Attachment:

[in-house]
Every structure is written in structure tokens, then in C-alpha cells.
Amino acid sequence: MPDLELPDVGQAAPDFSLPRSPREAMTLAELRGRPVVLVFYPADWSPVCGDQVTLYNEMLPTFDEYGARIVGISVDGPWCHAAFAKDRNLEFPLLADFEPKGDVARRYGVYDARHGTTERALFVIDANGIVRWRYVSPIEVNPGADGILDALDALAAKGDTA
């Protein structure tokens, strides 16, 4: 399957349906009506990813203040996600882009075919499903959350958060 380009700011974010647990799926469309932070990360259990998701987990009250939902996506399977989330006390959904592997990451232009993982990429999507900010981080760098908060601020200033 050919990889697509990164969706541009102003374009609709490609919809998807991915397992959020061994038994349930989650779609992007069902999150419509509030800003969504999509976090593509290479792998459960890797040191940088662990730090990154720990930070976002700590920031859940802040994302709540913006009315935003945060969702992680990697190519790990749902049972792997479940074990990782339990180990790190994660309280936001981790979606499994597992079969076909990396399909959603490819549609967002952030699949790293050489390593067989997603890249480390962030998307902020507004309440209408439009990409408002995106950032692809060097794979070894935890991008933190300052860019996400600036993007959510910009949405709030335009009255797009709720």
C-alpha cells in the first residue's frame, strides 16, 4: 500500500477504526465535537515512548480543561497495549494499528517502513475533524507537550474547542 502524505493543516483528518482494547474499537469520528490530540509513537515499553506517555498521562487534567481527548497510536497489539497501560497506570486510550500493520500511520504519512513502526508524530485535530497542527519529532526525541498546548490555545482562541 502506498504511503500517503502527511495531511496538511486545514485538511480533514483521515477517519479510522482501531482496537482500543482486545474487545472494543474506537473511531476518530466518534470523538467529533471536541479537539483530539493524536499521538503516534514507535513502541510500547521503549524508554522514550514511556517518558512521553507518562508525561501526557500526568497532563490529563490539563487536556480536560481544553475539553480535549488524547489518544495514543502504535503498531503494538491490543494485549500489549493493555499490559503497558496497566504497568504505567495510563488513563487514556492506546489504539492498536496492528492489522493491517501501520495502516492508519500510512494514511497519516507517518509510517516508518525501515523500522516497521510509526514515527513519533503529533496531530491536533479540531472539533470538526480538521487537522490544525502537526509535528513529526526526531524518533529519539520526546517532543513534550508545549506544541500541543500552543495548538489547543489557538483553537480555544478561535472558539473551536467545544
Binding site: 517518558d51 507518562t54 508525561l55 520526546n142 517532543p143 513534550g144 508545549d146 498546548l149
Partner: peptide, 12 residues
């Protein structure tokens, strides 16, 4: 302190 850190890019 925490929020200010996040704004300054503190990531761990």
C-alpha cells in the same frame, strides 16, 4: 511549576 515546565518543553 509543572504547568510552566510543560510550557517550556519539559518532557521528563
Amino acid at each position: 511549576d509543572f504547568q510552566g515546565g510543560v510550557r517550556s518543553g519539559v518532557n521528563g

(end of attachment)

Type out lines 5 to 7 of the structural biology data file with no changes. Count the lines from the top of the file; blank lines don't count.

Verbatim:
C-alpha cells in the first residue's frame, strides 16, 4: 500500500477504526465535537515512548480543561497495549494499528517502513475533524507537550474547542 502524505493543516483528518482494547474499537469520528490530540509513537515499553506517555498521562487534567481527548497510536497489539497501560497506570486510550500493520500511520504519512513502526508524530485535530497542527519529532526525541498546548490555545482562541 502506498504511503500517503502527511495531511496538511486545514485538511480533514483521515477517519479510522482501531482496537482500543482486545474487545472494543474506537473511531476518530466518534470523538467529533471536541479537539483530539493524536499521538503516534514507535513502541510500547521503549524508554522514550514511556517518558512521553507518562508525561501526557500526568497532563490529563490539563487536556480536560481544553475539553480535549488524547489518544495514543502504535503498531503494538491490543494485549500489549493493555499490559503497558496497566504497568504505567495510563488513563487514556492506546489504539492498536496492528492489522493491517501501520495502516492508519500510512494514511497519516507517518509510517516508518525501515523500522516497521510509526514515527513519533503529533496531530491536533479540531472539533470538526480538521487537522490544525502537526509535528513529526526526531524518533529519539520526546517532543513534550508545549506544541500541543500552543495548538489547543489557538483553537480555544478561535472558539473551536467545544
Binding site: 517518558d51 507518562t54 508525561l55 520526546n142 517532543p143 513534550g144 508545549d146 498546548l149
Partner: peptide, 12 residues